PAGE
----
After a short shuttle from the city to the southern reaches of Quito, we started our five-day trip with a twelve-mile day up and over Pasochoa, terminating at Pungo. Early rain and mud helped set the tone as a true exploratory mission. The following day, we stayed lower in the valley and ran longer, ending at Los Muertos, which has stunning dining room views of four volcanoes, including Cotopaxi. 


“Why go the harder way when the normal route is already an adventure?” a local friend told us.


The third day was one of our hardest: 17 miles and a summit of Ruminahui Volcano (15,489′), before ending at Tamobaxi, a well-known, bright red hacienda. The next day we climbed Sincholagua Volcano (16, 033′) and ended at a remote Airbnb called Finca Salma, which requires a 4×4 vehicle to access. On our last day, we ran back to the outskirts of Quito, completing our U-shaped route.

Most of the logistics, from booking haciendas to renting a car, were straightforward. Cotopaxi National Park is a short drive from the city; during our entire week in Ecuador our shuttle driver used less than a tank of gas, moving our luggage from hacienda to hacienda. Most of our hosts spoke English and all of them were incredibly friendly. 

The biggest challenge was the weather. We were unlucky to catch the tail end of the rainy season, forcing us to get up early and move quickly each day, before storms rolled in. If you are planning a trip, I would suggest July or August as great months for running in the Andes.

The Gear We Used

Our goal was to run as light as possible, while staying prepared for the unexpected. We packed everything needed for the day into Nathan 12 Liter packs, including a small first aid kit, Garmin InReach Mini, extra layers, raincoat, and various snacks like a stack of GU Energy Stroopwafels. I also brought a small filter to refill my reservoir along the way.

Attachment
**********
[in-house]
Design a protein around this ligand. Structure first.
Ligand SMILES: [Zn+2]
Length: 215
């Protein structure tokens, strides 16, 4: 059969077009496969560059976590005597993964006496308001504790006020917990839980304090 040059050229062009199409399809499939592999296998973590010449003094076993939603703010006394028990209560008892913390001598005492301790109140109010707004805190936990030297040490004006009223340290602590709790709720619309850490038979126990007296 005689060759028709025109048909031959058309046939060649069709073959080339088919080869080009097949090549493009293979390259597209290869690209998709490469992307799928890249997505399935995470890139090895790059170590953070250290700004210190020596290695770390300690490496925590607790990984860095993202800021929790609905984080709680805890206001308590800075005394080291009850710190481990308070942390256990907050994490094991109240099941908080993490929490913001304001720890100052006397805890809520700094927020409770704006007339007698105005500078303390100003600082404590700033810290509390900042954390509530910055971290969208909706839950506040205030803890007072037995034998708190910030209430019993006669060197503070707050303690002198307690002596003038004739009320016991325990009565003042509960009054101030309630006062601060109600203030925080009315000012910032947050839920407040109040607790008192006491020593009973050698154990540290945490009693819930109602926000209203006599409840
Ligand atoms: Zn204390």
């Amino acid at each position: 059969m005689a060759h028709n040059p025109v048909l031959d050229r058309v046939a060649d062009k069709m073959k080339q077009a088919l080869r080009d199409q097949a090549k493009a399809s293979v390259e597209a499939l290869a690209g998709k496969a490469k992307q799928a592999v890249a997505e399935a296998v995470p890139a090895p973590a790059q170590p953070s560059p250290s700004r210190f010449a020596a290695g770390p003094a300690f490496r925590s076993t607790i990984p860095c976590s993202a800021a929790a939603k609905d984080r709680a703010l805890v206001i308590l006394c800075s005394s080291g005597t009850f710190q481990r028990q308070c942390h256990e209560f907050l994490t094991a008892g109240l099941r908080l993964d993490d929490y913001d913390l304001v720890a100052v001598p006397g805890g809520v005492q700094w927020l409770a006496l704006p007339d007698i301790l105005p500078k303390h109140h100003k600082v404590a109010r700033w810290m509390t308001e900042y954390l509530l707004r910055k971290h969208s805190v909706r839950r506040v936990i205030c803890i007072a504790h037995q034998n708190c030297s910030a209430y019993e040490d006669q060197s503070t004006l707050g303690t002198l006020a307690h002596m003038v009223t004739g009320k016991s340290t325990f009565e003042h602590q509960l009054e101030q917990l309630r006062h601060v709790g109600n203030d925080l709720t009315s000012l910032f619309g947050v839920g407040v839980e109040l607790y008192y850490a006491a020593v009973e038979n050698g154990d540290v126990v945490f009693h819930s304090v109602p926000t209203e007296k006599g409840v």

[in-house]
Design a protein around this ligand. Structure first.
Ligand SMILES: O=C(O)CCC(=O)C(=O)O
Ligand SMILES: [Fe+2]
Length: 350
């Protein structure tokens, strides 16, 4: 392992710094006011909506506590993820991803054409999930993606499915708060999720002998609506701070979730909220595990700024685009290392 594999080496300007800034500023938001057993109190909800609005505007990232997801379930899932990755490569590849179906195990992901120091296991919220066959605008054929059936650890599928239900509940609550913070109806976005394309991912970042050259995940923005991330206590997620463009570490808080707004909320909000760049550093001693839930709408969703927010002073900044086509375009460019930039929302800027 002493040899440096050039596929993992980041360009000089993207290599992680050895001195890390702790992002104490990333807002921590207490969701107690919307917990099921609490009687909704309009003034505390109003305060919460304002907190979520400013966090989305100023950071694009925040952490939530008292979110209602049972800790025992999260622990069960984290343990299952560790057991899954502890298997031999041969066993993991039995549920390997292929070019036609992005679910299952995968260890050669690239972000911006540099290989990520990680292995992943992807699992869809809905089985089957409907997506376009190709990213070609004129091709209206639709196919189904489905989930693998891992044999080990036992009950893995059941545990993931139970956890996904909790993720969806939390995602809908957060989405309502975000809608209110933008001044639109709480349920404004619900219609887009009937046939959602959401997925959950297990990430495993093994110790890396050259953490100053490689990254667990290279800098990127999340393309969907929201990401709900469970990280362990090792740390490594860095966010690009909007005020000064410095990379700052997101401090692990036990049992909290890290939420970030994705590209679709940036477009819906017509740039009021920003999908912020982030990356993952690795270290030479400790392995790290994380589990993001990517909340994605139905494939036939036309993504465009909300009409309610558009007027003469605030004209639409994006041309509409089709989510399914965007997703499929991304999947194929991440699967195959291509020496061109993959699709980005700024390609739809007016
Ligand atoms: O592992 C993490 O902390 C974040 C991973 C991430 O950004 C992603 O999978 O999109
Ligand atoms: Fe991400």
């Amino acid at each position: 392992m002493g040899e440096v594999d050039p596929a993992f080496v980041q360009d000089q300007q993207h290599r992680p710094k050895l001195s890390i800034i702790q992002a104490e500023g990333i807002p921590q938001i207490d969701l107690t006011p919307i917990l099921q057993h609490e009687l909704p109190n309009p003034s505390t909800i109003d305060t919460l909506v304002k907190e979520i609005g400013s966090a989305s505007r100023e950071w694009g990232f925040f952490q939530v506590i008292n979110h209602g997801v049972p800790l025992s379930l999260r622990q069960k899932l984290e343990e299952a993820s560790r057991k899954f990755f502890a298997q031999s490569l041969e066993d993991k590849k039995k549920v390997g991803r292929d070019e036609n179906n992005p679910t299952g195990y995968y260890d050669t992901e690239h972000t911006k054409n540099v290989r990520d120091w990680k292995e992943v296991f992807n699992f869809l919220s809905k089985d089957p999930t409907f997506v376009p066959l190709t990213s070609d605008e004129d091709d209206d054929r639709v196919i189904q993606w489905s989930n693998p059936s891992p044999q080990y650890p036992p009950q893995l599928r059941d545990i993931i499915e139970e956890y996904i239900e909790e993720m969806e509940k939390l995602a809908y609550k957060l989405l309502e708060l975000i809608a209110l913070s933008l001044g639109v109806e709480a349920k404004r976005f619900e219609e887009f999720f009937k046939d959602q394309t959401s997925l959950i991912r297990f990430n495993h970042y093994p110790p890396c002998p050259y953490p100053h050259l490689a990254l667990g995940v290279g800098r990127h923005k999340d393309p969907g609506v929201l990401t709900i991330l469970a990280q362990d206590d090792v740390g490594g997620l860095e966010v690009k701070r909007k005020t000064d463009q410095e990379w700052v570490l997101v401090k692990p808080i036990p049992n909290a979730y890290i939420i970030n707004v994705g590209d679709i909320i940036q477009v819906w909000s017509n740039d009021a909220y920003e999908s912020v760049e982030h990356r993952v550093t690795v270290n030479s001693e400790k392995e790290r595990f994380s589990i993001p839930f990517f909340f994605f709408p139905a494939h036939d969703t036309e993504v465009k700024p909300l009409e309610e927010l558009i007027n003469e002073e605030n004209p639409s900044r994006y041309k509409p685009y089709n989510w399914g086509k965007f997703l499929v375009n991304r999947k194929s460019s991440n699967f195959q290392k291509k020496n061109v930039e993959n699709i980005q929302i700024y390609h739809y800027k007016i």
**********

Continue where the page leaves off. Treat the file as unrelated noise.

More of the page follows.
Most of us ran in Brooks Catamount shoes and were glad to have a pair of Leki FX poles to stabilize us on wet, loose, and steep slopes. Weather often changed quickly, forcing us to swap between sunglasses and sunscreen to wool hats and warm gloves almost too many times to count. Despite a lush, green ecosystem, this area is an alpine environment and you have to respect it like any other mountain range. 

The Lessons Learned

On my flight from Miami to Quito, I wrote a note to my future self, to read on the return flight home. I learned this trick from a mentor years ago, as a way to remind myself of the important things. 


In the end, after over a week in Ecuador, we found very little buttery singletrack – maybe a dozen miles the entire trip. Honestly, the route was a slog, with steep climbs, rocky descents, plenty of exposure, and a constant struggle with altitude. Oh, and the rain, wind, and dead ends. But through all of this, we found a unique form of joy. A joy in solving problems and exploring a new place together. 

The process of developing this route is on-going. It’ll take at least a few more trips to fully develop the Cotopaxi running playbook, but learning to enjoy the process and connecting with people in the area is the most important part. Our next step is spending time with and learning from the locals. Because even when we saw a trail on Google and Gaia GPS, their advice to go another way – alternative route – was almost always correct.